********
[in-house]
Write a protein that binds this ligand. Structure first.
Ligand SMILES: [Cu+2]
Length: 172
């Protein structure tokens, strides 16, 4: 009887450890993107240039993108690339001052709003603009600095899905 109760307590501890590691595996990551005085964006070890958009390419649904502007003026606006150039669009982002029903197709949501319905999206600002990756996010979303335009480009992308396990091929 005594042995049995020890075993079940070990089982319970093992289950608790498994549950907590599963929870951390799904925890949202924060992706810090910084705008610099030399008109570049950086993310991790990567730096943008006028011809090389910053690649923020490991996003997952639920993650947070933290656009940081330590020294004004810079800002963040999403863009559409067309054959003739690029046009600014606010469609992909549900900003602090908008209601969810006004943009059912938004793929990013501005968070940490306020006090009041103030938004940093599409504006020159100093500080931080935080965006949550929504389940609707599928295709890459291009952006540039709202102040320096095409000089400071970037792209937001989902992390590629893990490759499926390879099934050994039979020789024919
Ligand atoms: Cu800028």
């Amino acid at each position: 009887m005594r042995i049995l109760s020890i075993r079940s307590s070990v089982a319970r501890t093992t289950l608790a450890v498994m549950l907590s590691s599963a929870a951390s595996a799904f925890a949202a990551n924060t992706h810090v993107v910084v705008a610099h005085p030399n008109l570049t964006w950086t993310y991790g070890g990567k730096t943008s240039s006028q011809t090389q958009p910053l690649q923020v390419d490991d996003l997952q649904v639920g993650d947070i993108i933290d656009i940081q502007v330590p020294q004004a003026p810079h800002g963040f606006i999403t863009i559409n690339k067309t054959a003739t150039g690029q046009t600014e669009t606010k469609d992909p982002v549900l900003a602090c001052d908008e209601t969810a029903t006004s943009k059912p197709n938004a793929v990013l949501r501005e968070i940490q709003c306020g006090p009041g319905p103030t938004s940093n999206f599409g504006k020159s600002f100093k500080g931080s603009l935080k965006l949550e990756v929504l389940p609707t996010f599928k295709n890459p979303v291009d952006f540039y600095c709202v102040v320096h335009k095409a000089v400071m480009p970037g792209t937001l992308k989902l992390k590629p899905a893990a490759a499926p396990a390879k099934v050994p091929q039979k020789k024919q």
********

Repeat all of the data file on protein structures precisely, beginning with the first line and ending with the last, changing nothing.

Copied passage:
[in-house]
Write a protein that binds this ligand. Structure first.
Ligand SMILES: [Cu+2]
Length: 172
């Protein structure tokens, strides 16, 4: 009887450890993107240039993108690339001052709003603009600095899905 109760307590501890590691595996990551005085964006070890958009390419649904502007003026606006150039669009982002029903197709949501319905999206600002990756996010979303335009480009992308396990091929 005594042995049995020890075993079940070990089982319970093992289950608790498994549950907590599963929870951390799904925890949202924060992706810090910084705008610099030399008109570049950086993310991790990567730096943008006028011809090389910053690649923020490991996003997952639920993650947070933290656009940081330590020294004004810079800002963040999403863009559409067309054959003739690029046009600014606010469609992909549900900003602090908008209601969810006004943009059912938004793929990013501005968070940490306020006090009041103030938004940093599409504006020159100093500080931080935080965006949550929504389940609707599928295709890459291009952006540039709202102040320096095409000089400071970037792209937001989902992390590629893990490759499926390879099934050994039979020789024919
Ligand atoms: Cu800028």
């Amino acid at each position: 009887m005594r042995i049995l109760s020890i075993r079940s307590s070990v089982a319970r501890t093992t289950l608790a450890v498994m549950l907590s590691s599963a929870a951390s595996a799904f925890a949202a990551n924060t992706h810090v993107v910084v705008a610099h005085p030399n008109l570049t964006w950086t993310y991790g070890g990567k730096t943008s240039s006028q011809t090389q958009p910053l690649q923020v390419d490991d996003l997952q649904v639920g993650d947070i993108i933290d656009i940081q502007v330590p020294q004004a003026p810079h800002g963040f606006i999403t863009i559409n690339k067309t054959a003739t150039g690029q046009t600014e669009t606010k469609d992909p982002v549900l900003a602090c001052d908008e209601t969810a029903t006004s943009k059912p197709n938004a793929v990013l949501r501005e968070i940490q709003c306020g006090p009041g319905p103030t938004s940093n999206f599409g504006k020159s600002f100093k500080g931080s603009l935080k965006l949550e990756v929504l389940p609707t996010f599928k295709n890459p979303v291009d952006f540039y600095c709202v102040v320096h335009k095409a000089v400071m480009p970037g792209t937001l992308k989902l992390k590629p899905a893990a490759a499926p396990a390879k099934v050994p091929q039979k020789k024919q």